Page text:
Yellowjackets are most commonly sighted during late summer and fall when food sources decline and the worker wasps — now numbering in the thousands and no longer busy in their colonies — spread out over backyards, picnic sites, and anywhere else they sense available food. At this time of year, they also seem more aggressive and unpredictable. Even so, “their pest status is limited only to a few weeks in late summer and fall, and at that time the chance of multiple stings is not great.”
At the FWG, we don’t usually notice yellowjackets at all until early September. Several volunteers have inadvertently disturbed an underground nest while weeding and have been stung badly. The stings are quite painful and itch for days to weeks afterward.
The nest at the left was discovered in our Old Field, right on the ground. It’s quite large – almost 30 cm in diameter.
The Bald-faced Hornet (Dolichovespula maculata) is “a larger, chunkier version of the yellowjacket but with lighter coloured areas of the body cream to almost bone white; builds large shapeless paper nests in trees or bushes, almost always with several branches and numerous twigs woven through the body of the nest for support” (Barr and Barr 1981).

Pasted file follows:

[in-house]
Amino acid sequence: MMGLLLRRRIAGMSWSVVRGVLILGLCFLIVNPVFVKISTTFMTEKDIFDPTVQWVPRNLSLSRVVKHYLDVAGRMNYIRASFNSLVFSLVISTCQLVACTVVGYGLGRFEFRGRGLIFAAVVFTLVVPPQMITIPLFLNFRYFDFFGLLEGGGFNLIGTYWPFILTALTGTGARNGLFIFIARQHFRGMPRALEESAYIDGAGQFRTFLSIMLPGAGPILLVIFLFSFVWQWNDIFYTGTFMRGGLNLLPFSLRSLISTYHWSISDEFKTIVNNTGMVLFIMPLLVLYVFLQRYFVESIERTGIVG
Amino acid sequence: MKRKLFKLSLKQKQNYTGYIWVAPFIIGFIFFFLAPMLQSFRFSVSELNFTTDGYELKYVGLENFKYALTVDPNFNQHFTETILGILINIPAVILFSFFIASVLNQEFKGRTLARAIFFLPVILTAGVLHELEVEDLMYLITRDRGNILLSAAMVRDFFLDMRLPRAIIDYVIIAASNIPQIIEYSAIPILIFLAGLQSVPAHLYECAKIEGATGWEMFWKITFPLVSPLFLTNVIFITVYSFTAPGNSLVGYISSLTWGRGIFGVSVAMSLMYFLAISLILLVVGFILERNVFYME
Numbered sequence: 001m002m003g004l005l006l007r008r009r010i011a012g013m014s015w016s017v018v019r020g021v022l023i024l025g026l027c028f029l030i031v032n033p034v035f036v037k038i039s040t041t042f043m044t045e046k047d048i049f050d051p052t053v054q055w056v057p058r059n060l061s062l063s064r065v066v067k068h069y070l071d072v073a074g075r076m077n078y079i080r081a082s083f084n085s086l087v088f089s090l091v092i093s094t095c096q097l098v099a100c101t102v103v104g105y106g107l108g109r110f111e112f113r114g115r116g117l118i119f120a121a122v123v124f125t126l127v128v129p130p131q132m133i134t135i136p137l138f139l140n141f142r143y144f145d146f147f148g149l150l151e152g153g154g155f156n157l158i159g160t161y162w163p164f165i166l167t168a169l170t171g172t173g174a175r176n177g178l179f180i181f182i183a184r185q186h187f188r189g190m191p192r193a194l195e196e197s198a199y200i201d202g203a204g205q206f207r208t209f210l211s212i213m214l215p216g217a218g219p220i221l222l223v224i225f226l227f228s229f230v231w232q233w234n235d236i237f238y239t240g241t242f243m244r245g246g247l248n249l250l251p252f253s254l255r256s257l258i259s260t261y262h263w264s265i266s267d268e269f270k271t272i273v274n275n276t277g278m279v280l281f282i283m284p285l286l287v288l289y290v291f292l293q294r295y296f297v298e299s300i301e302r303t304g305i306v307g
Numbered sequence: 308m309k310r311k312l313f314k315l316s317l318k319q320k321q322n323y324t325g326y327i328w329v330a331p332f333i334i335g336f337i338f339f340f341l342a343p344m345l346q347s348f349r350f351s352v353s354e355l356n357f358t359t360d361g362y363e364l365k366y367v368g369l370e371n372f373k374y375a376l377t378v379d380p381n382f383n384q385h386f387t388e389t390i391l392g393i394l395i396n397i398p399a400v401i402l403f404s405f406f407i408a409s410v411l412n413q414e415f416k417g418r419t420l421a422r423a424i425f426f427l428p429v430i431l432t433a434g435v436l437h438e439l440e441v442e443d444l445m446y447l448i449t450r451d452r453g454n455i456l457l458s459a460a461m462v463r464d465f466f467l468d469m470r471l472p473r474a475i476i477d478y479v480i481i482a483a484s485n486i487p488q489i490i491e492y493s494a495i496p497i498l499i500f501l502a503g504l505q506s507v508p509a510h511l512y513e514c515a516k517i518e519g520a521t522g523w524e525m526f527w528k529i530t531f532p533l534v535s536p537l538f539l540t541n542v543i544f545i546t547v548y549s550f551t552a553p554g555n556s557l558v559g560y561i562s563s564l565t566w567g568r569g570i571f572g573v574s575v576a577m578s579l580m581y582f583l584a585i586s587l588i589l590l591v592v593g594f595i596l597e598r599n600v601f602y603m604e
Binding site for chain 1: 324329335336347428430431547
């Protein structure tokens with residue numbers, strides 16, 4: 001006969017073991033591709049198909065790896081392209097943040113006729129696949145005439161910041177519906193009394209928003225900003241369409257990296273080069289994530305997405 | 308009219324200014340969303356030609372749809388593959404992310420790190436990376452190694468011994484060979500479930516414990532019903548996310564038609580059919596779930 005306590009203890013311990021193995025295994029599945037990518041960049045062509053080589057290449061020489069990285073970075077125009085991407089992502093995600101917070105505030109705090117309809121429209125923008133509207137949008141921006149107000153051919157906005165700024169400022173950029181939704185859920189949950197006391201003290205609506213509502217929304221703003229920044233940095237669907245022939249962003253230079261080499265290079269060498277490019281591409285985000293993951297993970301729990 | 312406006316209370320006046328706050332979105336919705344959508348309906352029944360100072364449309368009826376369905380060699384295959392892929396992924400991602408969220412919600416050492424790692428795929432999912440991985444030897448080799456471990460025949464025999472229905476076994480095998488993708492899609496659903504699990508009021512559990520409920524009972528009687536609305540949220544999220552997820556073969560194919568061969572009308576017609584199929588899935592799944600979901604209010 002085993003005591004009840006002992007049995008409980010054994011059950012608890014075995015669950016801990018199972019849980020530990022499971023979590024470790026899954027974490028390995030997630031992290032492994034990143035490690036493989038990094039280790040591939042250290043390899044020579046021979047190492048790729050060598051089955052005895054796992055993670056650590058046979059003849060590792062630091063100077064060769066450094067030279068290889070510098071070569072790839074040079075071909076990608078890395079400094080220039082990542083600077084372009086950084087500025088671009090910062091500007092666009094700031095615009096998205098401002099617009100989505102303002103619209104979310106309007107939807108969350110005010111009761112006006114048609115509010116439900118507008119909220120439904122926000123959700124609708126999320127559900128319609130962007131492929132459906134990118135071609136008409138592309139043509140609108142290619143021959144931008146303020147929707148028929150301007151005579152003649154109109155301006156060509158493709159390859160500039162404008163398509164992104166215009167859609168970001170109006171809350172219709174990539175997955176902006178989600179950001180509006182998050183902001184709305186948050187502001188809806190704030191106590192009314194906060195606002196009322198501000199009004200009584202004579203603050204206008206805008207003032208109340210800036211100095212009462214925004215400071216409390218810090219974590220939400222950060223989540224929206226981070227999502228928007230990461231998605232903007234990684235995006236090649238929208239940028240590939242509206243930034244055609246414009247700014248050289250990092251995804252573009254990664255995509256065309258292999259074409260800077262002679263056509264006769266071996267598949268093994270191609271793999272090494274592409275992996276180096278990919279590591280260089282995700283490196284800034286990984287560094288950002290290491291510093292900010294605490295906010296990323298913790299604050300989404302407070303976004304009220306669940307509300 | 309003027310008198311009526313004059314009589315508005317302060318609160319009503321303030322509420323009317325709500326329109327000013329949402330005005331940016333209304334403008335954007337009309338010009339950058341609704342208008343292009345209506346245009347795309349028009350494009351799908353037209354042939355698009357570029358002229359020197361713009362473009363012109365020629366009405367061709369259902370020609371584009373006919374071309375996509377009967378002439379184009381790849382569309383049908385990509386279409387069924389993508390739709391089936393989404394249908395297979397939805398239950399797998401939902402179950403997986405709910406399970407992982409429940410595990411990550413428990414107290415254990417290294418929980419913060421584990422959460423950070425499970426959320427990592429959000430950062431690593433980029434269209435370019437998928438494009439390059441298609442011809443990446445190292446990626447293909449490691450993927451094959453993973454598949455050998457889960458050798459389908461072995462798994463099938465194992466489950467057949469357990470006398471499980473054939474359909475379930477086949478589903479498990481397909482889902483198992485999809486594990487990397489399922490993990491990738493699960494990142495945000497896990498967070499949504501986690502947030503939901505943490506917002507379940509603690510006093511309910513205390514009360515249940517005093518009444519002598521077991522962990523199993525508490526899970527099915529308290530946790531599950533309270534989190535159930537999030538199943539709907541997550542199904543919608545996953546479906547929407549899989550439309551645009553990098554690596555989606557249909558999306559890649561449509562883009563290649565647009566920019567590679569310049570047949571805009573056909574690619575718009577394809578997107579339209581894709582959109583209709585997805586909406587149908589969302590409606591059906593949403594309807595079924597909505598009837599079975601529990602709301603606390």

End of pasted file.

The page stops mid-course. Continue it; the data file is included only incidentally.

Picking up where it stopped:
At the FWG, we have found hornet nests in both shade and sun, in a plum tree about 2 metres above ground, in a pine tree about 3 metres up, and very close to the ground in a young Amur Maple tree in the field.
We have watched hornets come and go and, as long as we don’t inadvertently disturb the nest, they pay no attention to us. However, they can be aggressive if threatened. One large nest in an apple tree disappeared over night, likely predated by a raccoon looking for a meal of wasp larvae, so the wasps are justified in defending their home.